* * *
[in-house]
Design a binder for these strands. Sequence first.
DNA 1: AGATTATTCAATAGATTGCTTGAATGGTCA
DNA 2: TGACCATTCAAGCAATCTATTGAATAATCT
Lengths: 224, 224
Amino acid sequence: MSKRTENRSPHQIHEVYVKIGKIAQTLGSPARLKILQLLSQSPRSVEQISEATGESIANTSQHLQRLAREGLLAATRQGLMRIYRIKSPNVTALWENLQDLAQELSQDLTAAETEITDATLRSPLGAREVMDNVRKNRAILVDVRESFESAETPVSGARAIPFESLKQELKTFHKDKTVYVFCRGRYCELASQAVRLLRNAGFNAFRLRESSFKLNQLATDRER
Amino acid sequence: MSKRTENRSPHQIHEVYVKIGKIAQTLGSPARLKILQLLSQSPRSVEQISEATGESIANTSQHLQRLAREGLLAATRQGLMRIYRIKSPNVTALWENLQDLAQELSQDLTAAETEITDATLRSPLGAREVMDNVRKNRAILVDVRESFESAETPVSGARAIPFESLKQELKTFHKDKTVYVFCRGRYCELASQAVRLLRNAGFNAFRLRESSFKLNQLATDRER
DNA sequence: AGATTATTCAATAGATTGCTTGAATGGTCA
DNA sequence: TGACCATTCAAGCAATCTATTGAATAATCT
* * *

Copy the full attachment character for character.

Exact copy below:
[in-house]
Design a binder for these strands. Sequence first.
DNA 1: AGATTATTCAATAGATTGCTTGAATGGTCA
DNA 2: TGACCATTCAAGCAATCTATTGAATAATCT
Lengths: 224, 224
Amino acid sequence: MSKRTENRSPHQIHEVYVKIGKIAQTLGSPARLKILQLLSQSPRSVEQISEATGESIANTSQHLQRLAREGLLAATRQGLMRIYRIKSPNVTALWENLQDLAQELSQDLTAAETEITDATLRSPLGAREVMDNVRKNRAILVDVRESFESAETPVSGARAIPFESLKQELKTFHKDKTVYVFCRGRYCELASQAVRLLRNAGFNAFRLRESSFKLNQLATDRER
Amino acid sequence: MSKRTENRSPHQIHEVYVKIGKIAQTLGSPARLKILQLLSQSPRSVEQISEATGESIANTSQHLQRLAREGLLAATRQGLMRIYRIKSPNVTALWENLQDLAQELSQDLTAAETEITDATLRSPLGAREVMDNVRKNRAILVDVRESFESAETPVSGARAIPFESLKQELKTFHKDKTVYVFCRGRYCELASQAVRLLRNAGFNAFRLRESSFKLNQLATDRER
DNA sequence: AGATTATTCAATAGATTGCTTGAATGGTCA
DNA sequence: TGACCATTCAAGCAATCTATTGAATAATCT